Studies have shown that bacteria in laboratory experiments produce DOM that can be stable for over a year. Lechtenfeld: "We wanted to find out whether the DOM produced by bacteria in the laboratory is chemically comparable with the persistent DOM that occurs naturally." For their study, the researchers placed bacteria from the sea in artificial sea water, in order to ensure that the water was DOM-free at the beginning of the experiment. The bacteria were fed using known carbon sources. "By doing this, we knew that the DOM measured in the incubations was produced by the bacteria," explained Lechtenfeld.

After four weeks the DOM produced by bacteria was analyzed using high-resolution chemical methods (nuclear magnetic resonance spectroscopy and ultra high-resolution mass spectrometry) and compared with the DOM found naturally in sea water. "Our study reveals that bacteria rapidly produced complex DOM that was similar in it's chemical composition to natural DOM. The results were surprising and indicate that bacterial metabolites are a source of the persistent molecules in the ocean," said Dr Ronald Benner from the University of South Carolina.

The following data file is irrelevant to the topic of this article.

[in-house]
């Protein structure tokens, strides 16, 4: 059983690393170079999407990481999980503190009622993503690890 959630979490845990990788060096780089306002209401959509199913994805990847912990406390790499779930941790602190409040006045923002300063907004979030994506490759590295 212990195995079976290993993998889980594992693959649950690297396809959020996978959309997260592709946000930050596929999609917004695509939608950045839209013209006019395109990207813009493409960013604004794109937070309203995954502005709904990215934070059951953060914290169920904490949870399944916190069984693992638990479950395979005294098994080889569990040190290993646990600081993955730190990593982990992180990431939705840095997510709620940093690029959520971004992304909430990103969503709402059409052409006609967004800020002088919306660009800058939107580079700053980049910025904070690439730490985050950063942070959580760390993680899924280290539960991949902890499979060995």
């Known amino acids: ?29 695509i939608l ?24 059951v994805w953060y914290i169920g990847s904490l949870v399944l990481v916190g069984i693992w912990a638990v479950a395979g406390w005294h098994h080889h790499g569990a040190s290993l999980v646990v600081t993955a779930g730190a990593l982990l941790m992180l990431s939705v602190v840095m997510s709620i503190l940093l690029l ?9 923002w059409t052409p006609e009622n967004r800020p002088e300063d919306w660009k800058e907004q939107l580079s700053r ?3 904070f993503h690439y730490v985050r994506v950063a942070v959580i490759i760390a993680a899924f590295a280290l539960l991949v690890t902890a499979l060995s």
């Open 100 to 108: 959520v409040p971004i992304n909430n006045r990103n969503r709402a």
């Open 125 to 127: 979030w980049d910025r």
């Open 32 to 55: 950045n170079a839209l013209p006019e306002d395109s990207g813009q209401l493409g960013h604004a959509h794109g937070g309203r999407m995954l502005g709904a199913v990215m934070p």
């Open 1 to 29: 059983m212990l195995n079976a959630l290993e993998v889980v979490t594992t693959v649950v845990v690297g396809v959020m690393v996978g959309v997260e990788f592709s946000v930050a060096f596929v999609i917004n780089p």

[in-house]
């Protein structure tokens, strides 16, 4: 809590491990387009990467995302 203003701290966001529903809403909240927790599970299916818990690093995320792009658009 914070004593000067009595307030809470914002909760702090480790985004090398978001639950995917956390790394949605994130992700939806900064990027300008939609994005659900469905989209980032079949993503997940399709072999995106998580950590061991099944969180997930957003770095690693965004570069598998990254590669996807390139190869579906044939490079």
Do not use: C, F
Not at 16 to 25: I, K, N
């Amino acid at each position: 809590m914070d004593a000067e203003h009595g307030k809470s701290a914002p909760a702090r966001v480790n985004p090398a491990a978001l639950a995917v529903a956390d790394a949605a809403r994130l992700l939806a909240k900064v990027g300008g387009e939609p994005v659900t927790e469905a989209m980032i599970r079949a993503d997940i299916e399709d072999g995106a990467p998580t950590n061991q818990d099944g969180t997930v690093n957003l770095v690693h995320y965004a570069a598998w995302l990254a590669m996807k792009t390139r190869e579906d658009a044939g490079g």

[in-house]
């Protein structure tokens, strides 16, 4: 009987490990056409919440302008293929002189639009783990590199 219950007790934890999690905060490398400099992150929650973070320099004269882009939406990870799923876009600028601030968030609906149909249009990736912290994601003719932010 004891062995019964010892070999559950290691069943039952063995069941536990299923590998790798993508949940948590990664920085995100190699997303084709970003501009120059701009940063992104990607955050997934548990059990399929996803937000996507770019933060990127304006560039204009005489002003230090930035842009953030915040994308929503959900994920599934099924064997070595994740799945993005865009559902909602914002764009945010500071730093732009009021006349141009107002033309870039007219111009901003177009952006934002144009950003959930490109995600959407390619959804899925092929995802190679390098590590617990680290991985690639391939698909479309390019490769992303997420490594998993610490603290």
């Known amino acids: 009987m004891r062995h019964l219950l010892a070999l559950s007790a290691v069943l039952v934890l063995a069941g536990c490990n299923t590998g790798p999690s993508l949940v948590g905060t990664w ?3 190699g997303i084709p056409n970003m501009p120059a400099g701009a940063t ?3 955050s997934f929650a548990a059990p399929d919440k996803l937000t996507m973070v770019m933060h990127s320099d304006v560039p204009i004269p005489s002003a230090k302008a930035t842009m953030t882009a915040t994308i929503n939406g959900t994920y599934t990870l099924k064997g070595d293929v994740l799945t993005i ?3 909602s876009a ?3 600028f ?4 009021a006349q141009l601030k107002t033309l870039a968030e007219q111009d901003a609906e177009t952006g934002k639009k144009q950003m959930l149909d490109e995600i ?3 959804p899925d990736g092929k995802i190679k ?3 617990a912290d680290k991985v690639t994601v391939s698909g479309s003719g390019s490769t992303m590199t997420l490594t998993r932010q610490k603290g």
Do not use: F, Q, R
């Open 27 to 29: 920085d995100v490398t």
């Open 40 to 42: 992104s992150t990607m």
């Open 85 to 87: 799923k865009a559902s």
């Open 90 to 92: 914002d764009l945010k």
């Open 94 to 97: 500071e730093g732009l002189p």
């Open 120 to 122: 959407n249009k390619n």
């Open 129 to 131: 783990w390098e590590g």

As a consequence, the researchers got an answer to their question as to the origin of persistent DOM: "It seems very clear that bacteria are a major driver in keeping a fraction of the atmospheric carbon dioxide in the ocean for long periods of time," said Dr Norbert Hertkorn of the Helmholtz Centre Munich. "Although the percentage of persistent substances in our experiment was apparently very low, their stability suggests that they may accumulate in the ocean. This is how bacteria efficiently contribute to carbon storage in the ocean and play an important and so far underestimated role for our climate."